How Children Fail

“Our children will always be failures, but at least they’ll know it’s not their own fault.”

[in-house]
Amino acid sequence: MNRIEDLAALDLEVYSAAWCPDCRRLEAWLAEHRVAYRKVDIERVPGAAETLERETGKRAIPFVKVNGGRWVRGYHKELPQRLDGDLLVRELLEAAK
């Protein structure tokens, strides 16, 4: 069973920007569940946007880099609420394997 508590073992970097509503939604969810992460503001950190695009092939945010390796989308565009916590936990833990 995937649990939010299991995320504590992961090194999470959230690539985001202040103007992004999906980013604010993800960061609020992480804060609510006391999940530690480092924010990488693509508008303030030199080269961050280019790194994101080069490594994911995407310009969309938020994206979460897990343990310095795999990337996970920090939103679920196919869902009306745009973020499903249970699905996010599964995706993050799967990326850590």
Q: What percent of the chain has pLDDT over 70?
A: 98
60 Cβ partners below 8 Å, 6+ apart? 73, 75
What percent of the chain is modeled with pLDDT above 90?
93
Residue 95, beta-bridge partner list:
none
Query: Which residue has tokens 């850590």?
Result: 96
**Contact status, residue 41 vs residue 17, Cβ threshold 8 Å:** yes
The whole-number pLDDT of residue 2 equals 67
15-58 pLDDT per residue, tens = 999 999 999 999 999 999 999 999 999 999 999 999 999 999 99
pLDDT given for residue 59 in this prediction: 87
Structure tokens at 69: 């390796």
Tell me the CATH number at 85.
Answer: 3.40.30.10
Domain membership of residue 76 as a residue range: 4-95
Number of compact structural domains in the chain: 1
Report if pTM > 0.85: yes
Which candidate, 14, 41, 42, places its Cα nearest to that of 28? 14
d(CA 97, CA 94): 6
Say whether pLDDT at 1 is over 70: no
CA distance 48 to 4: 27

“But later I have thought often of that scene in the psychologist’s office as the child must have experienced it. It is a scene out of nightmare. For many months, perhaps years, he has sensed that his parents were worried about him, even ashamed of him. Finally, in an atmosphere heavy with tension and dread, he is taken to a strange place, where strange people peer at him, ask him peculiar questions, and tell him to do peculiar things. Clearly all these people think there is something wrong with him as well. Finally they tell him to put together a puzzle on which is plainly written that it is intended for threeyear- olds. One way or another, the boy figures this out, and realizes that all these adults, his parents included, don’t think he is even smart enough to do what any three-year-old can do. Faced with this overwhelming vote of no confidence, he breaks down. Why should he not? If none of these people have any confidence in him, how could he have any in himself? And it may well have been clear to him, as his mother’s remarks later made it clear to me, that his parents were in some way relieved that he failed; they could tell themselves (and everyone else) it wasn’t their fault.”